Hirayama's disease, also referred to as Monomelic amyotrophy, MMS, Sobue disease, or Juvenile non-progressive amyotrophy, is an un-treatable, focal, lower motor neuron disease. Hirayama's disease affects mainly younger males who are between the ages of fifteen and twenty-five years of age, mostly in the nations of India and Japan. Hirayama's disease is characterized by the insidious onset of muscular atrophy.
The muscular atrophy associated with Hirayama's disease stabilizes at a plateau of between two and five years. After this period of time, the muscular atrophy does not improve; however, it does not worsen either. People with Hirayama's disease do not experience pain or sensory loss because of the disease. Unlike other forms of lower motor neuron diseases, Hirayama's disease is not one that is believed to be hereditary. For people who have this disease, 'fasciculations,' or involuntary muscle twitches, are rare.
Hirayama's disease is much less common in North America. Both the onset of the disease, as well as the progression of it, are slow. For the majority of people with the disease the cause remains unknown, although there have been some reports published that have linked Hirayama's disease to either radiation or traumatic injuries. Familial forms of the disease also exist.
Hirayama's disease is characterized by a progressive degeneration and loss of motor neurons. Motor neurons are the nerve cells in a person's spinal cord and brain that are responsible for controlling their voluntary muscle groups. The disease is also characterized by the wasting and weakening of a single one of a person's limbs. The limb affected is usually a hand or an arm, instead of a leg or foot. While the person affected by Hirayama's disease does not experience any pain in association with the disease, there are doctors who contend that the person can experience a mild sensory loss in association with the disease. A number of experts have suggested that sensory loss symptoms may actually indicate a cause other than Hirayama's disease.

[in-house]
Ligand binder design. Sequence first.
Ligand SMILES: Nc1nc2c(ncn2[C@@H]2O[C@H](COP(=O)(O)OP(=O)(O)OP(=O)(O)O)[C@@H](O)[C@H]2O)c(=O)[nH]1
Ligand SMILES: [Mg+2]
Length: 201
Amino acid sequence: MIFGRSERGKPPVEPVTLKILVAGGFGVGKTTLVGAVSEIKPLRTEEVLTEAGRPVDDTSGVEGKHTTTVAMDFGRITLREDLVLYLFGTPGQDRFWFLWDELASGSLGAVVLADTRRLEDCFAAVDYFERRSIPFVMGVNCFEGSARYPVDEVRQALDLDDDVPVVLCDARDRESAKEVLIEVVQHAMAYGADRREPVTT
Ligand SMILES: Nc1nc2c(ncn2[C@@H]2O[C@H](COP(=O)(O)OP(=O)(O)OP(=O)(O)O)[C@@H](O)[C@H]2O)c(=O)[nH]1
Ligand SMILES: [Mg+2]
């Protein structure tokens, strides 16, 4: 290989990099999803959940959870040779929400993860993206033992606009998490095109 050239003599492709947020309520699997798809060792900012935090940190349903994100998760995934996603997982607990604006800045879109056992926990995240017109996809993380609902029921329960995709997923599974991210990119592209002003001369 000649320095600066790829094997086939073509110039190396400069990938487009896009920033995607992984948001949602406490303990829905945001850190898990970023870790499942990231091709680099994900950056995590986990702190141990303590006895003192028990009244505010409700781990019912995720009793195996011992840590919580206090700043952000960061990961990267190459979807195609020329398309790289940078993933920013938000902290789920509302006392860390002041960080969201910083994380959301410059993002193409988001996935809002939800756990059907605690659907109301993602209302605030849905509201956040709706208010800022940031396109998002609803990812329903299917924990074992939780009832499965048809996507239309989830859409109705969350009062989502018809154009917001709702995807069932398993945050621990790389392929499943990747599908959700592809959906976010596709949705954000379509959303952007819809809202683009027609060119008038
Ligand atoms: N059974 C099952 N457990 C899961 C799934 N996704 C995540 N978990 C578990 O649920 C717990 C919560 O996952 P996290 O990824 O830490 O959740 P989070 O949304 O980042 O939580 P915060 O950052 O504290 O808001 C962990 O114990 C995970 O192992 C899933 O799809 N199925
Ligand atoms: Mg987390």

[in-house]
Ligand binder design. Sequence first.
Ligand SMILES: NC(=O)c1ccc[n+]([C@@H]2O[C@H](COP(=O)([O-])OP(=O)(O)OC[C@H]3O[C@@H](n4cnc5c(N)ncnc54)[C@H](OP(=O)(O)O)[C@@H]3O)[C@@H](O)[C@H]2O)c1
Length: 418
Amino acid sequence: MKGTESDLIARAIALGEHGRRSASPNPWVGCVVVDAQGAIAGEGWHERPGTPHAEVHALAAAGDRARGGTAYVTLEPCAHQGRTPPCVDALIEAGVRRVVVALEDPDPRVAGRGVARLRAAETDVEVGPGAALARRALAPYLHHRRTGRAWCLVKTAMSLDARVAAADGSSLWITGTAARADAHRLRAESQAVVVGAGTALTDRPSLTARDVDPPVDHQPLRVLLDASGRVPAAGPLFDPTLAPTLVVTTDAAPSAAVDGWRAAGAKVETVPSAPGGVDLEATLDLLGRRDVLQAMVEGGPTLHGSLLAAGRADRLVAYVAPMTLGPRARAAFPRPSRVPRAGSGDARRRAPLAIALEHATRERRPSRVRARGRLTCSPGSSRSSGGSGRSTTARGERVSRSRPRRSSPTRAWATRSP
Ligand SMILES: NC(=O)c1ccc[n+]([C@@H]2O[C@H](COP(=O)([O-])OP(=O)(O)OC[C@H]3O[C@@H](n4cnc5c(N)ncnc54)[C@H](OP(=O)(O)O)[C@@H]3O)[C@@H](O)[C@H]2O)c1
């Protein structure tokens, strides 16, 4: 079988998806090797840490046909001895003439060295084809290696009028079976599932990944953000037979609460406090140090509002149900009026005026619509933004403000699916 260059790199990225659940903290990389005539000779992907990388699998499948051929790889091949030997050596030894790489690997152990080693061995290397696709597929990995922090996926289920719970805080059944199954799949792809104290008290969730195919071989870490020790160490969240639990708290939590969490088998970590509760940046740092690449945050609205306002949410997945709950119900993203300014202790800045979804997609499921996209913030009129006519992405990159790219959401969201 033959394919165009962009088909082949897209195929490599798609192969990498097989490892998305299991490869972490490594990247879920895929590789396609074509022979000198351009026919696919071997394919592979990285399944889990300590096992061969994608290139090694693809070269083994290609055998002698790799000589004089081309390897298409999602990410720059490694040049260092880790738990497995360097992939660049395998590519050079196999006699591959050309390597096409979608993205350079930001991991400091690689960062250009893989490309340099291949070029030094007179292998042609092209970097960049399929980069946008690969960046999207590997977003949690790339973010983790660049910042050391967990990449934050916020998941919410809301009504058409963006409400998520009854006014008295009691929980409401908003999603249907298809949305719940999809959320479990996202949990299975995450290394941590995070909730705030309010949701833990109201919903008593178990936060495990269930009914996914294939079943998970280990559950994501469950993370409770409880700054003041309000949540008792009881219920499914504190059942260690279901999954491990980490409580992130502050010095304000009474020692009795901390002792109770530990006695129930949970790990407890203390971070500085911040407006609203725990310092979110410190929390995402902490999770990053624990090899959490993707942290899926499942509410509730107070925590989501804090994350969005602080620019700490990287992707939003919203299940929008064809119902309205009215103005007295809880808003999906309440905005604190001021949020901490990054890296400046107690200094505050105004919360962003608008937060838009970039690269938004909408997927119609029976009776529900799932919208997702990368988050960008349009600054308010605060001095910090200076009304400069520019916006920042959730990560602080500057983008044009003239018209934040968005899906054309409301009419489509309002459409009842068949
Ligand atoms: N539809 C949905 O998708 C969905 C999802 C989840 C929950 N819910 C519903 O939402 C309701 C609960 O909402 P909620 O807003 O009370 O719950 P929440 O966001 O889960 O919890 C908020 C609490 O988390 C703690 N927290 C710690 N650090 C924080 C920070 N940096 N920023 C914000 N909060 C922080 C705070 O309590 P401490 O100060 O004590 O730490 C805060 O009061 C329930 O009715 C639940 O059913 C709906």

The symptoms of Hirayama's disease as a whole, like the muscular atrophy associated with the disease, progress for a period of time, reaching a plateau, and then remain stable for many years after that point. The person affected by the disease experiences a certain level of disability due to the disease. On rare occasion, the weakness associated with Hirayama's disease may progress to the person's opposite limb. There is also a progressive variant of the disease that is referred to as, 'O'Sullivan-McLeod Syndrome,' which affects only the small muscles of a person's hand and forearm. O'Sullivan-McLeod syndrome also has a course that progresses slowly.
The signs and symptoms of Hirayama's disease can include:
A diagnosis of Hirayama's disease is made through a physical examination of the affected person and their medical history. Use of electromyography (EMG), a type of special recording technique that detects electrical activity in a person's muscles, may show a loss in their nerve supply or, 'denervation,' in the limb that is affected. A doctor may order Magnetic Resonance Imaging (MRI) or Computerized Tomography (CT) scans to show any muscle atrophy. People who are believed to have Hirayama's disease should be followed by a neuromuscular disease specialist for several months to ensure that there are no signs of any other forms of motor neuron disease or their development.
EMG testing can reveal denervation in the limb of a person affected by Hirayama's disease, but it may also show signs of, 'reinnervation,' in the person's limb, or whether the person's limb has a conduction block. People with the disease may experience coldness, sweating, or cyanosis, according to reports by some people with Hirayama's disease. Their reports indicate involvement of their sympathetic nervous system.
Medical science has not found a cure for Hirayama's disease at this time. The forms of treatment approaches common to this disease include muscle strengthening exercises, as well as training related to the person's hand coordination.